Written by: Laura Hoy | Hargreaves Lansdown
Full year revenue rose 18.8% to $29.7bn and lower than anticipated content spend in the fourth quarter helped operating margins rise from 18% to 21%.
The group added 8.3m new paid subscribers in fourth quarter, below expectations of 8.5m, bringing the total to 222m.
Netflix expects to add 2.5m new paying subscribers in the current quarter, down from 4.0m last year. The group has put this down to the timings of new content releases, which are weighted toward the end of the period. The group is targeting operating margins between 19% and 20% in 2022, the decline is largely attributed to a stronger US dollar.
Revenue in the three months to December 31 rose 16% to $7.7bn, driven by year-on-year growth across all geographies. An expected increase in content spending pushed operating profit 33.8% lower to $631.7m.
The group added 1.19m new paying subscribers in the US and Canada. Average revenue per membership (ARM) was up 9.4% to $14.78. Subscriber growth in Europe, Middle East and Africaslowed with 3.54m new additions compared to 4.46m last year. ARM rose to $11.64 from $11.05.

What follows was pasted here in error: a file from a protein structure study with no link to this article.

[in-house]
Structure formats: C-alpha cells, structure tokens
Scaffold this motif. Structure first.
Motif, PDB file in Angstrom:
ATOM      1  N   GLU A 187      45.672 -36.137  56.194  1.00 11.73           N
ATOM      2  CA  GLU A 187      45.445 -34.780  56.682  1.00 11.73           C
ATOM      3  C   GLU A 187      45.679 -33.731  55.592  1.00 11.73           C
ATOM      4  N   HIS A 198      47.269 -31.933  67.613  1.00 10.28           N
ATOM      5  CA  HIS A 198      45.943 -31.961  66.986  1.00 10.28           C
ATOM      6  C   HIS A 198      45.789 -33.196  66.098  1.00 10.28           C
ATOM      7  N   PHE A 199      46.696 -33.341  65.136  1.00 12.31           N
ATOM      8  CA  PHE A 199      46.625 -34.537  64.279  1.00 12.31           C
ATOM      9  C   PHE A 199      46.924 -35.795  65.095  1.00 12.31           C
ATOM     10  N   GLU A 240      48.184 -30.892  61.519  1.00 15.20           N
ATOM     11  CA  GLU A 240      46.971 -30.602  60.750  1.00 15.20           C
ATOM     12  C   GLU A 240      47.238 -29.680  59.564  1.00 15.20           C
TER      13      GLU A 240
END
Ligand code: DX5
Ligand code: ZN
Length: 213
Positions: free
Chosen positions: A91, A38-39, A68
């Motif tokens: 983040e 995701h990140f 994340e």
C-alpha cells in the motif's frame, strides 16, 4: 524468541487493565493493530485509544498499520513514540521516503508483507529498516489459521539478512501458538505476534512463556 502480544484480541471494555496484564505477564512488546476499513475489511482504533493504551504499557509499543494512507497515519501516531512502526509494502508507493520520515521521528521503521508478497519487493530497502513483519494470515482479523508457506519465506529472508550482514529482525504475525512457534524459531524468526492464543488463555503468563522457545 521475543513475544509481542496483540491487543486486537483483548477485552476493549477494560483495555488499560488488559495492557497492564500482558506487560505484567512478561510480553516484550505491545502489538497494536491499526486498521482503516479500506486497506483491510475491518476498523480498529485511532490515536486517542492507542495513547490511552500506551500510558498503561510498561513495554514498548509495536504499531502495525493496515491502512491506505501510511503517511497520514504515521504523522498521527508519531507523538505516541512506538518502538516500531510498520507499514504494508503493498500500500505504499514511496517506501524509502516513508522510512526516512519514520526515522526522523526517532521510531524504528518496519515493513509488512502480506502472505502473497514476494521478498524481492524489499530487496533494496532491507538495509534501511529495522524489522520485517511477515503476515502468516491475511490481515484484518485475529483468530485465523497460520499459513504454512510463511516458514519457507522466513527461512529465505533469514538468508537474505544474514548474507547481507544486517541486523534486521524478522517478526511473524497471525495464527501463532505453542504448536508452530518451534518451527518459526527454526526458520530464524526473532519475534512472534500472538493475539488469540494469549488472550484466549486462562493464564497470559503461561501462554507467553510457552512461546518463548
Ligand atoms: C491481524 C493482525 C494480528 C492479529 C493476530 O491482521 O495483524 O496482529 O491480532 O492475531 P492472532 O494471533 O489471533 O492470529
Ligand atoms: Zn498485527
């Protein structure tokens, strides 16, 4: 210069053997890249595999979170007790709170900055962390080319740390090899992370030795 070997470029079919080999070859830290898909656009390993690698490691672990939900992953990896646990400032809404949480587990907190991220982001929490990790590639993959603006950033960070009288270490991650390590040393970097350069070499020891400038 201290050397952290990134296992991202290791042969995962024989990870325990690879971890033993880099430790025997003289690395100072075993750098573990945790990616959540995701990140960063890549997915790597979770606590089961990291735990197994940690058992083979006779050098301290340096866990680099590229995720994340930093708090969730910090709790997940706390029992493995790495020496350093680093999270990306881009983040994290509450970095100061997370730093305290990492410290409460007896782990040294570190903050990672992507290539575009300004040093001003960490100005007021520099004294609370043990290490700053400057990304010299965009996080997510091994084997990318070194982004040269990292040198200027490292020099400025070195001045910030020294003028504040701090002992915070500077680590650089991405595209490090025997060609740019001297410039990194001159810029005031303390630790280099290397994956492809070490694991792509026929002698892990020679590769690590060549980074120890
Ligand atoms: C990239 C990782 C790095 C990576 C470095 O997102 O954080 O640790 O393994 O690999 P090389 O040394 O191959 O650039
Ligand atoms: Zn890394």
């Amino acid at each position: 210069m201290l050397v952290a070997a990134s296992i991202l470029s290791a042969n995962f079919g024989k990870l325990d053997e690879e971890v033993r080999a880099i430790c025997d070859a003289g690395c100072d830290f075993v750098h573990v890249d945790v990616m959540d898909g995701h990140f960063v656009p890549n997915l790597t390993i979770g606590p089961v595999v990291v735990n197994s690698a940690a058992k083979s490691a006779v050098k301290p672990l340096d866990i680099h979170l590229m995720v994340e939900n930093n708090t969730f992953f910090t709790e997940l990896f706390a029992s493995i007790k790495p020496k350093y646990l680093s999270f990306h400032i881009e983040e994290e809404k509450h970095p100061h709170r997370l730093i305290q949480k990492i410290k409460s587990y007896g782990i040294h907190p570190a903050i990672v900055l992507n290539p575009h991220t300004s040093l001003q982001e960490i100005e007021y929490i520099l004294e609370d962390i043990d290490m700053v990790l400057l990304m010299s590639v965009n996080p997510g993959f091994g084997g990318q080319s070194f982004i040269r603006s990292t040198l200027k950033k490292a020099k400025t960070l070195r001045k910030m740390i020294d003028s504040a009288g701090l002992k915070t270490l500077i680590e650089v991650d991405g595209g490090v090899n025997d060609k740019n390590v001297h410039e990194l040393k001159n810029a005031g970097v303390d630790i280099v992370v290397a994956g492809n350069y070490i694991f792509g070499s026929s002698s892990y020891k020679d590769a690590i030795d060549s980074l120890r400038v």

Latin America recorded a 14% increase in ARM and an 0.97m uptick in new paid memberships.
New paid memberships in Asia Pacific rose from 1.99m this time last year, to 2.18m as the group lowered prices. The result was a decline in ARM to $9.26 from $9.32.
The group had a free cash outflow of $569m compared to an outflow of $284m last year.
The group finished the year with net debt of $13.7bn, compared to $12.5bn last year.
“Squid Games creator Netflix has gone from a fairytale to some difficult viewing when it comes to subscriber forecasts—the most important metric for streaming services. The group’s forecast for new subscriptions in the current period came in at just over half of last year’s figure. Management blamed a back-loaded content schedule that will see several big releases come out at the end of the quarter, but investors were undeniably spooked by the slower growth forecast.
If the content timing isn’t to blame, Netflix could be in for a rough ride after a spending spree at the end of last year that pushed margins six percentage points lower. Investors were prepared for the margin decline, but worries over how the group will continue to foot the bill for blockbuster releases are creeping in. Add to that the perils of a sizable debt pile in a rising rate environment, and you have the makings for some very nervous investors.
Netflix needs splashy content to attract new subscribers, whose fees in turn fund new projects. The group’s aiming to expand further within the entertainment space to include gaming as well, so we can’t foresee content spend slowing. With that said, management’s said it expects to be cash flow positive in 2022 and beyond, so they’re clearly unphased by the slowdown in new members.”